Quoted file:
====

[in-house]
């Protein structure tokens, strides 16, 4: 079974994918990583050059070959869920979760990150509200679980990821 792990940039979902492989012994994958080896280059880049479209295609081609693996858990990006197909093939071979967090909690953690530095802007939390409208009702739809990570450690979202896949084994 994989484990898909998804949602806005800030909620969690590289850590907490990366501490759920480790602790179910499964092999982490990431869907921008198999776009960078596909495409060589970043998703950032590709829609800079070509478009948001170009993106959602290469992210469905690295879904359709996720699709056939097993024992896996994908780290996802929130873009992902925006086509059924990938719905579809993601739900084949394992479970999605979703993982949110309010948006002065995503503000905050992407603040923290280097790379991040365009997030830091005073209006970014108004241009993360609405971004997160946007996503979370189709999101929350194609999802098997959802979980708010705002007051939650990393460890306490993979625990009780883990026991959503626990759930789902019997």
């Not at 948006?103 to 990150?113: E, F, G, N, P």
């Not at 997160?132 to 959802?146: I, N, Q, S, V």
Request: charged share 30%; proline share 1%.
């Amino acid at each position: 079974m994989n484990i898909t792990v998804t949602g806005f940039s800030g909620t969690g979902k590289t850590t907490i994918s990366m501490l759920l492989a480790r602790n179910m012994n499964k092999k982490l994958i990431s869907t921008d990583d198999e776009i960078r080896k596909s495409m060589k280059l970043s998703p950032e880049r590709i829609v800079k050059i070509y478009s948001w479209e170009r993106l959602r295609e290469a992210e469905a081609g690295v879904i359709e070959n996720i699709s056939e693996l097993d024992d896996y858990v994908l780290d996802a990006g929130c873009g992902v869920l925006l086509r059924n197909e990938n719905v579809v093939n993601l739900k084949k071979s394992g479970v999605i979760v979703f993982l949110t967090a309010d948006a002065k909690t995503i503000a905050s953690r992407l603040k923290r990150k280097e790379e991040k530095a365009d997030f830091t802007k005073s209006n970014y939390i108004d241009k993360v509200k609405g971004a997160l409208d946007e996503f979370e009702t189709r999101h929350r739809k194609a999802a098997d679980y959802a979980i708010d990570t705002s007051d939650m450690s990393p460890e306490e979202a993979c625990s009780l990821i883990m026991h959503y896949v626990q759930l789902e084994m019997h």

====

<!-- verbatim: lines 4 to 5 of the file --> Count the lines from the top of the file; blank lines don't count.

């Not at 997160?132 to 959802?146: I, N, Q, S, V």
Request: charged share 30%; proline share 1%.